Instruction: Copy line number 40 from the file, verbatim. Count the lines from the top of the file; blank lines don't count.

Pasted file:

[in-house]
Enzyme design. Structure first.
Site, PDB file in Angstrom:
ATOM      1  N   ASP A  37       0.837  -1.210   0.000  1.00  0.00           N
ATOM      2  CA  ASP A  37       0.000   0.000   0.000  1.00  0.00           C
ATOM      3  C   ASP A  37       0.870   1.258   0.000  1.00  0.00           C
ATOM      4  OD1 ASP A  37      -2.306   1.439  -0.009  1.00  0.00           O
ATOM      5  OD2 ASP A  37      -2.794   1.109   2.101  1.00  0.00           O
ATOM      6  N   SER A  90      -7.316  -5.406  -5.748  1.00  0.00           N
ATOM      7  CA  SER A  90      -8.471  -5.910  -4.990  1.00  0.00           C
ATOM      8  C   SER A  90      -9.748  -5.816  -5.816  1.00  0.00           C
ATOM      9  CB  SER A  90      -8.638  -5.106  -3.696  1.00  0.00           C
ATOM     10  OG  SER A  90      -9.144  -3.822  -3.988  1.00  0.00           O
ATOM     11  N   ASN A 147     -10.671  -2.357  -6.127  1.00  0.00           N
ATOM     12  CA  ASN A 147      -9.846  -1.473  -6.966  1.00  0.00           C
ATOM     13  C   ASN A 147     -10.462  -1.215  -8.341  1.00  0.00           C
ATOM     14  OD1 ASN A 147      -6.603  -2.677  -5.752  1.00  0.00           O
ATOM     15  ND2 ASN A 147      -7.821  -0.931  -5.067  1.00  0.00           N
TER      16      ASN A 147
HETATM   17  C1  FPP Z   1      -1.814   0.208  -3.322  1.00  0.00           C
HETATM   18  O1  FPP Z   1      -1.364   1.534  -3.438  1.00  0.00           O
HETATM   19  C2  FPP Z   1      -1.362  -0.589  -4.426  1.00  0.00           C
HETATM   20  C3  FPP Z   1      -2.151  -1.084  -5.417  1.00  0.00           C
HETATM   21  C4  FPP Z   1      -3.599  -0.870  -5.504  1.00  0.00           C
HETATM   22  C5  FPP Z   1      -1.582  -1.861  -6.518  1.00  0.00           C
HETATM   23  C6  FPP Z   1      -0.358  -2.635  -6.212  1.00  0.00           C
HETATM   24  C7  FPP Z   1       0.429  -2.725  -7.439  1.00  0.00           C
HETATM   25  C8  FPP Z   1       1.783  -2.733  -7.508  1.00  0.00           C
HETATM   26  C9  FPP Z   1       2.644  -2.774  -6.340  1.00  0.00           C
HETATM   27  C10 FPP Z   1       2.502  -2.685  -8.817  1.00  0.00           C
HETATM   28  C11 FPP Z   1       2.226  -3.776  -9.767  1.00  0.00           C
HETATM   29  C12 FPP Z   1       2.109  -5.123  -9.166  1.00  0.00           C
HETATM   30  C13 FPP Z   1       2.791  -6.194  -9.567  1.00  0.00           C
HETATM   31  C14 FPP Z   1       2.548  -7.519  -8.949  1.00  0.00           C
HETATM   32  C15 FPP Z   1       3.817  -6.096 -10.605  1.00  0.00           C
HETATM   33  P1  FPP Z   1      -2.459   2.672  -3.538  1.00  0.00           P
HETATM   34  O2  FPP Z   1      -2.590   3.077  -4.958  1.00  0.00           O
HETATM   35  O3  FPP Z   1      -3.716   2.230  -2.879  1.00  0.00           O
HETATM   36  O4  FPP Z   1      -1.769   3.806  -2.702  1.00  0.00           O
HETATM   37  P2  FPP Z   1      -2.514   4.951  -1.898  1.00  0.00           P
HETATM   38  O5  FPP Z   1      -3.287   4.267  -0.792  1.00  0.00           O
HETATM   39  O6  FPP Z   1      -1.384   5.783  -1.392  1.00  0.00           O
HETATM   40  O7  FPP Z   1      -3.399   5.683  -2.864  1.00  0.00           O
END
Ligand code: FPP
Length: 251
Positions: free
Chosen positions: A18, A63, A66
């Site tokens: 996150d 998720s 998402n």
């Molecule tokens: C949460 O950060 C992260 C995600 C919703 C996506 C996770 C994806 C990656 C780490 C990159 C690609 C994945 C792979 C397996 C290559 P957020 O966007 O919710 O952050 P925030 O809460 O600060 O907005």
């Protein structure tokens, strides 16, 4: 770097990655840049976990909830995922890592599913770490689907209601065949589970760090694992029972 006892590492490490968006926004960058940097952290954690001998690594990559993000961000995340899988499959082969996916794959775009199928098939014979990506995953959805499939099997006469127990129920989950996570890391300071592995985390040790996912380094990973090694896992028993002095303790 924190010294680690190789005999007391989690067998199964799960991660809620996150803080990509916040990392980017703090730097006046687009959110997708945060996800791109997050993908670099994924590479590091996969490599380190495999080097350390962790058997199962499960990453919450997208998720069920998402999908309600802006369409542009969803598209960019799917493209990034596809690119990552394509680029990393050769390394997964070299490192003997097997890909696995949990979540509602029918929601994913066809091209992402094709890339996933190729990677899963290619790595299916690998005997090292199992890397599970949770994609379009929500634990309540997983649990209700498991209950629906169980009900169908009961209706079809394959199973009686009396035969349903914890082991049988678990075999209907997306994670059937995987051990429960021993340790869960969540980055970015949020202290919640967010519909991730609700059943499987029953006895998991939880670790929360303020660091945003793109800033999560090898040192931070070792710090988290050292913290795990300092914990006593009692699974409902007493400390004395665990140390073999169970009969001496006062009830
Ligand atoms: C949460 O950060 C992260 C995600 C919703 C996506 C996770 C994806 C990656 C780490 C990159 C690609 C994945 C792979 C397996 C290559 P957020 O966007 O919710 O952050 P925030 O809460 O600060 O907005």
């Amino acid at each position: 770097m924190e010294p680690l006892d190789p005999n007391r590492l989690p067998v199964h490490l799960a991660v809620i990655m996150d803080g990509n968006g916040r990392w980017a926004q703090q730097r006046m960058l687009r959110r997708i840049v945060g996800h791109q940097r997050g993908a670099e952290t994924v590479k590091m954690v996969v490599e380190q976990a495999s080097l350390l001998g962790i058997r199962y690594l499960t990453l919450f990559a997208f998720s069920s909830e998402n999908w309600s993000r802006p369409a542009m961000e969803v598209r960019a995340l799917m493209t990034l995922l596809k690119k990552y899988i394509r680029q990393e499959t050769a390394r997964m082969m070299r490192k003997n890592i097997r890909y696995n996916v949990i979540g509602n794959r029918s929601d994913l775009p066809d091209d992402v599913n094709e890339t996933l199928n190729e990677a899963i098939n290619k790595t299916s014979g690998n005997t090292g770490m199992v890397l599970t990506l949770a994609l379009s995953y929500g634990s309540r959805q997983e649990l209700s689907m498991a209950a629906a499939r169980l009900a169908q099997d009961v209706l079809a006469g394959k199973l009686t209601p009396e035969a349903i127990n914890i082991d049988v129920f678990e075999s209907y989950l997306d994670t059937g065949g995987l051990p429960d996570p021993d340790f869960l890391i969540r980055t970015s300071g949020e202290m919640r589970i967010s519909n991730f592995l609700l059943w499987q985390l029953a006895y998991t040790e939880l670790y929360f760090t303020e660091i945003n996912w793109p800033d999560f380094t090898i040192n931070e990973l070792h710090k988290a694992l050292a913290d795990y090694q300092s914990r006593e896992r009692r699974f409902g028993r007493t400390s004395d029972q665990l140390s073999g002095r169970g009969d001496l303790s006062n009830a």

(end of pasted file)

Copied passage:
HETATM   37  P2  FPP Z   1      -2.514   4.951  -1.898  1.00  0.00           P